The Only Security Certainty: Things Are Changing Rapidly

Carl Weinschenk

Everett Dirksen would be proud. The senator from Illinois famously said during a budget debate that "a billion here and a billion there, and soon you're talking about real money." Dirksen's line must have come to more than a few minds with IBM's announcement that it will support its new security initiative with $1.5 billion in spending next year.


The company's goals and procedures are summed nicely in this report. Security vendors -- and, presumably, their customers -- have given up the ghost of trying to protect everything. The new narrative, and one that really makes a lot more sense, is to manage risk. The admission that while this does make more sense, it concedes a certain level of inherent danger is put this way in InformationWeek:

[IBM's approach] involves looking at security as a finite set of controls that are being monitored rather than an effort to lock up everything.

One of the big reasons that the goal of security vendors is becoming a tad more conditional is the growing sources of danger. For instance, it now is possible for a computer user to get his PC -- and the corporate network to which it is attached -- into big trouble just by visiting a particular site. It's hard to offer certainty in such a world.


That doesn't mean companies aren't trying. Last week, according to Computer Business Review, McAfee agreed to buy ScanAlert, a company that audits and certifies Web sites. The company will become part of McAfee's SiteAdvisor service which, as the name implies, alerts surfers on the wisdom of visiting particular sites.


Security analystBruce Schneier undoubtedly is a smart guy. He probably gets as much press as he does, however, because he also is quotable. This Tech.Blorge report on a teleconference Schneier participated in reinforces the idea that security is increasingly uncertain. Schneier says many products today only provide "the feeling" of security based on selling assurances to a fearful public. He labels this verisimilitude "security theatre" and says it enables poor products to crowd out those that are far superior.


Schneier offers four clever premises that can lead to an understanding of network dynamics and, possibly, savvier security purchases. He says the more valuable a network is, the more likely it is to be dominated by bigger firms; software is a high fixed cost/low marginal cost business; the cost of switching software providers is so high that users tend to stay with their current vendors; and software is a market in which buyers know much more than sellers about products.


More evidence that today's security is, in essence, a best-effort undertaking is the growth of security event management (SEM) tools. This very nice overview at describes the sector. These products ride herd over a wide variety of security devices, correlate data and assess where the greatest threats are from. The takeaway is that these clearly are powerful tools but, judging from that definition, are fallible. The biggest players are ArcSight, ESM, CA eTrust, ExaProtect, Security Management System, IBM Tivoli Security Event Manager, Intellitactics Enterprise Security Management, netForensics NFX Open Security Platform, Network Intelligence and NetIQ Security Manager, the story says.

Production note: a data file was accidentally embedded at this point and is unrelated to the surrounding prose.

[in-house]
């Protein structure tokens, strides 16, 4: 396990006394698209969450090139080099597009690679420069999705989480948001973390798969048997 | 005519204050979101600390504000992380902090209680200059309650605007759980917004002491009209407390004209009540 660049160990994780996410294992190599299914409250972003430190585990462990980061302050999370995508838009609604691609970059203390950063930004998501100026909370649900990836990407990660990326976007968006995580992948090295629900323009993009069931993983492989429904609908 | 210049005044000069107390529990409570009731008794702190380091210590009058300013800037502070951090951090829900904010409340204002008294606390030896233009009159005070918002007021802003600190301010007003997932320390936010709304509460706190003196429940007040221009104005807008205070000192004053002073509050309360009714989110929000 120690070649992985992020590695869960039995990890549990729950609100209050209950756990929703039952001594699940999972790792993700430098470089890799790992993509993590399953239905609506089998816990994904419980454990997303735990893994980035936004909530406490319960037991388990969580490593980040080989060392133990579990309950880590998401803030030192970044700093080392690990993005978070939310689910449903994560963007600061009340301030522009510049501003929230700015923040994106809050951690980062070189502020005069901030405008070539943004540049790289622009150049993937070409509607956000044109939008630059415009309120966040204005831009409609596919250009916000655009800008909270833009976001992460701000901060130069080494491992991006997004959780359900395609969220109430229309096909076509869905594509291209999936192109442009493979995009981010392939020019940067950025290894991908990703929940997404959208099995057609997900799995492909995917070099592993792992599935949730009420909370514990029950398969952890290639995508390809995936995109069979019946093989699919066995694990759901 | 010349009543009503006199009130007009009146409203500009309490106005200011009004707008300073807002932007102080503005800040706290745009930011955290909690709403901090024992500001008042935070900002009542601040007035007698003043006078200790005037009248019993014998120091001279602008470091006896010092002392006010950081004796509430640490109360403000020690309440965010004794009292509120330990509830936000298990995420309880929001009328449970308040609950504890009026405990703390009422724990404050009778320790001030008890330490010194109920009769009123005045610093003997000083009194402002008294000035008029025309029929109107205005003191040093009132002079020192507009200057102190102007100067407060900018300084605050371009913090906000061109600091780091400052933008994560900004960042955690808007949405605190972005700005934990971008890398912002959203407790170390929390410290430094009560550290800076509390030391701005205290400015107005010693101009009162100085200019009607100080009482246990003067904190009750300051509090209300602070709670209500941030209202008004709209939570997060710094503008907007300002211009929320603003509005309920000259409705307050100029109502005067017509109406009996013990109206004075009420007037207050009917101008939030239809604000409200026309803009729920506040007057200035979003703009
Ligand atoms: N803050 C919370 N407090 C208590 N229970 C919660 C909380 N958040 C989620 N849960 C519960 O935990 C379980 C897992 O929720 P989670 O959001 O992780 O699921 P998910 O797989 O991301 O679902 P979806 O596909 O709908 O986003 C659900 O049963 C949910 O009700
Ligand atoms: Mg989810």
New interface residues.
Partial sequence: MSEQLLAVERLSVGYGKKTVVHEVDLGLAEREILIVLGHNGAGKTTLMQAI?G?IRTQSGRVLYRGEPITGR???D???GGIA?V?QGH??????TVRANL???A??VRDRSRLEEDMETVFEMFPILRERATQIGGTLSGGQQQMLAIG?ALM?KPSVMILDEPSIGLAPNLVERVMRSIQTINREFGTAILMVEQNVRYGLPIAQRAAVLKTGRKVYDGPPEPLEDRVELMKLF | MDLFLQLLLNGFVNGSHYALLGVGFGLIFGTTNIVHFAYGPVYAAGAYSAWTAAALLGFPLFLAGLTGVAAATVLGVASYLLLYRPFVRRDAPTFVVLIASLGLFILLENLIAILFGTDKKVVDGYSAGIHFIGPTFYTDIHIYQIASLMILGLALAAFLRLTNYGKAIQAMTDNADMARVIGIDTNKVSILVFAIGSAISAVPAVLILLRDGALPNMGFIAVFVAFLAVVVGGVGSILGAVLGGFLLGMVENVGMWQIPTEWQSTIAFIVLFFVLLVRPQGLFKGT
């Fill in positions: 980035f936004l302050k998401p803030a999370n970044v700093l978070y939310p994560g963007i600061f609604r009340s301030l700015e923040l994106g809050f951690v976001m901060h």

The link between compliance and security also is growing. It was a rationale for the IBM initiative and the main focus of BearingPoint's introduction last week of its Compliance and Security Solution Suite. The suite of services addresses credit, operational and market risks. The company also says the suite helps organizations conform to financial and accounting regulations. Security services, including those related to information security and identity management, are accomplished using biometrics, radio frequency identification (RFID) and other technologies.


The bottom line is that security is changing drastically. On one level, the meeting of security and compliance is opening up the formerly closed silos of security data and applications. Perhaps more importantly, the increasingly porous nature of the Internet -- which is crawling with remote and mobile workers and interactive (and sometimes malicious) Web sites -- is leading people to finally realize that total security is a true impossibility.

Add Comment      Leave a comment on this blog post
Nov 6, 2007 7:40 AM Jason Holloway Jason Holloway  says:
Those chasing total security are assured only of total failure.Whether a multinational enterprise or a governmental organization, we all have to take a pragmatic approach to security, balancing costs (in time, resources and dollars) against risks. This is just as true for (Information/IT) Security as for other aspects of security.We can start by making better use of the knowledge, tools and logs we already have, as Dan Geer brilliantly illustrated in this recent Usenix presentation on Measuring Security: organizations fail to properly measure their current security status and risk exposure. Just doing this 'reasonably well' requires strong commitment from different divisions and senior management, coupled with educated/trained personnel and the right tools and processes. It is not an overnight job and it is by no means easy.We regularly cover a number of these topics in our 'Security Management News' newsletter. We invite you to read this at: up the great work.Kind regards,Jason. Reply
Nov 6, 2007 7:42 AM Jason Holloway Jason Holloway  says:
Agh!!I included fake tags around the last paragraph of my previous post to signify it was an obvious plug. These appear to have been stripped.Apologies. Reply

Post a comment





(Maximum characters: 1200). You have 1200 characters left.



Subscribe to our Newsletters

Sign up now and get the best business technology insights direct to your inbox.